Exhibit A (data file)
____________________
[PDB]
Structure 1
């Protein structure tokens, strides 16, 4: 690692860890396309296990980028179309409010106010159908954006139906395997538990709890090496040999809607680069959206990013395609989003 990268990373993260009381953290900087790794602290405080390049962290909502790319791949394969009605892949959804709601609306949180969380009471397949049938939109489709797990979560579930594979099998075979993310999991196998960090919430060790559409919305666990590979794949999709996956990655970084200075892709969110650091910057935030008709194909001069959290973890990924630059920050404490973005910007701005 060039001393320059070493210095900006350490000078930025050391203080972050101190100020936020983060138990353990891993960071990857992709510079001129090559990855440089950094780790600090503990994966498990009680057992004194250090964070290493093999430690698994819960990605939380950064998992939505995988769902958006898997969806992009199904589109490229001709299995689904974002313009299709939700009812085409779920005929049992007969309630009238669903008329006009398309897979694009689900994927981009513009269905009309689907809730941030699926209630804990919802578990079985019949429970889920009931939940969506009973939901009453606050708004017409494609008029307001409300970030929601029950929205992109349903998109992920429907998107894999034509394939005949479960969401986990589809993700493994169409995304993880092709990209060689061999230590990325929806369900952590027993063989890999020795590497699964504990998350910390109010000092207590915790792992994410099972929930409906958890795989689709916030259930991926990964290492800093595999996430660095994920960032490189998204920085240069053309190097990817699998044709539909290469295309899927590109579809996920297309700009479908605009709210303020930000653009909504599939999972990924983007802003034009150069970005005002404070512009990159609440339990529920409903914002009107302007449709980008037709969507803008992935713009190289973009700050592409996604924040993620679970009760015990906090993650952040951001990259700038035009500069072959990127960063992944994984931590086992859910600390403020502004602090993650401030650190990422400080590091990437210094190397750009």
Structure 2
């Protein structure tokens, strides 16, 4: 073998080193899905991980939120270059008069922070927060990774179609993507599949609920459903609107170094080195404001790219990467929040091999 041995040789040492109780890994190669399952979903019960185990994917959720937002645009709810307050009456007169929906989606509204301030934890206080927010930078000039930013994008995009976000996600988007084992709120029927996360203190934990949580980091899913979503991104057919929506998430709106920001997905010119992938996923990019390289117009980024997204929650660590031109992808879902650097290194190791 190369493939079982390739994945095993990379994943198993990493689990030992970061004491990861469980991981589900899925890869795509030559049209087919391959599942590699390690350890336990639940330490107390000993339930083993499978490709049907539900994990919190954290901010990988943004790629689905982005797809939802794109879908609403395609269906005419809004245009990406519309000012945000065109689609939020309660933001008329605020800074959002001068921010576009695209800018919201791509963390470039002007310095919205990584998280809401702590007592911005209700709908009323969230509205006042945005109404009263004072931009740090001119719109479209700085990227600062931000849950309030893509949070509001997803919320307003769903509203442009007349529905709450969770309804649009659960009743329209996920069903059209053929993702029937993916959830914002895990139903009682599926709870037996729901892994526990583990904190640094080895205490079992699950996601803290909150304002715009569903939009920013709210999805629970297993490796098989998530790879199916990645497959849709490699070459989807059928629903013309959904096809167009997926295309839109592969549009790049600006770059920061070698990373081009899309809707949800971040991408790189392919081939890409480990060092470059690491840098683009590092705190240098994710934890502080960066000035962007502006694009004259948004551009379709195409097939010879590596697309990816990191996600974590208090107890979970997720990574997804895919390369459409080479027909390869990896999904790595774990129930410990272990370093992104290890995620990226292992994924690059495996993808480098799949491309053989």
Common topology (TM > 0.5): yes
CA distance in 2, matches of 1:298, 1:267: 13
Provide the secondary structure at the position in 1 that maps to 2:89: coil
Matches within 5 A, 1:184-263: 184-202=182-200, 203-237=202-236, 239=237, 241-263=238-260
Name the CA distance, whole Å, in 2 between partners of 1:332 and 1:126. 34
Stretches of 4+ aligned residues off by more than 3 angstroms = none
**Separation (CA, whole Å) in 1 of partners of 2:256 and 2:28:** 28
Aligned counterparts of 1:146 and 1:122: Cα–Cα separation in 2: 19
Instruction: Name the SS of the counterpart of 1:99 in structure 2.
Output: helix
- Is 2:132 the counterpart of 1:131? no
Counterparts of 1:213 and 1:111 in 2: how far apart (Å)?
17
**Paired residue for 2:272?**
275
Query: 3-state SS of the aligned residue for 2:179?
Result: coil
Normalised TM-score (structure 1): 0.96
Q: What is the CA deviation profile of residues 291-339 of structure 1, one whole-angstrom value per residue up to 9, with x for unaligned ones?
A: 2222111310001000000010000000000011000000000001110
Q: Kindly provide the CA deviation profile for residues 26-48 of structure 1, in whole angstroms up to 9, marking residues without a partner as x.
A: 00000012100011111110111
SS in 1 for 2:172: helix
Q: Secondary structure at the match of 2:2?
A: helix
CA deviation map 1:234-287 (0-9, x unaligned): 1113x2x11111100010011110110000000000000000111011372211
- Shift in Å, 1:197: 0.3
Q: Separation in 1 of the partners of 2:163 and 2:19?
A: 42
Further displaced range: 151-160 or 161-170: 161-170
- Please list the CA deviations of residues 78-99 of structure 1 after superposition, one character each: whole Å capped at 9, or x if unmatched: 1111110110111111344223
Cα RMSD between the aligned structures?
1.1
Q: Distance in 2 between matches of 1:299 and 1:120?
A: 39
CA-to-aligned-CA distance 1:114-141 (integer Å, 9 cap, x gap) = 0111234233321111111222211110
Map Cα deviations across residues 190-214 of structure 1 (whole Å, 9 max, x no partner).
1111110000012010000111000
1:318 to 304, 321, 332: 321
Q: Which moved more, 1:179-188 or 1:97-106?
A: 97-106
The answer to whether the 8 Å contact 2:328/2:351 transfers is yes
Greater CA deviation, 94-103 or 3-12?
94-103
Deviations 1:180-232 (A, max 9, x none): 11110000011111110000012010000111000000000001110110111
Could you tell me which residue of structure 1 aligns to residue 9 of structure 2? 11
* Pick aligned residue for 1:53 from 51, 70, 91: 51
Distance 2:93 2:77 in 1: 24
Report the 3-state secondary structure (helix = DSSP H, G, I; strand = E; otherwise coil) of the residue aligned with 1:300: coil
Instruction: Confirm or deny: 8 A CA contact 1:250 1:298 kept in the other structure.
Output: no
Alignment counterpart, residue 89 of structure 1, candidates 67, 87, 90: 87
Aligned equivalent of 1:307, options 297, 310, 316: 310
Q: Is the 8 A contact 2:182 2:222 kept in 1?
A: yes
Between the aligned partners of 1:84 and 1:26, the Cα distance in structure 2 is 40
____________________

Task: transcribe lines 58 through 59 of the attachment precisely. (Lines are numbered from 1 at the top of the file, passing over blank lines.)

Aligned equivalent of 1:307, options 297, 310, 316: 310
Q: Is the 8 A contact 2:182 2:222 kept in 1?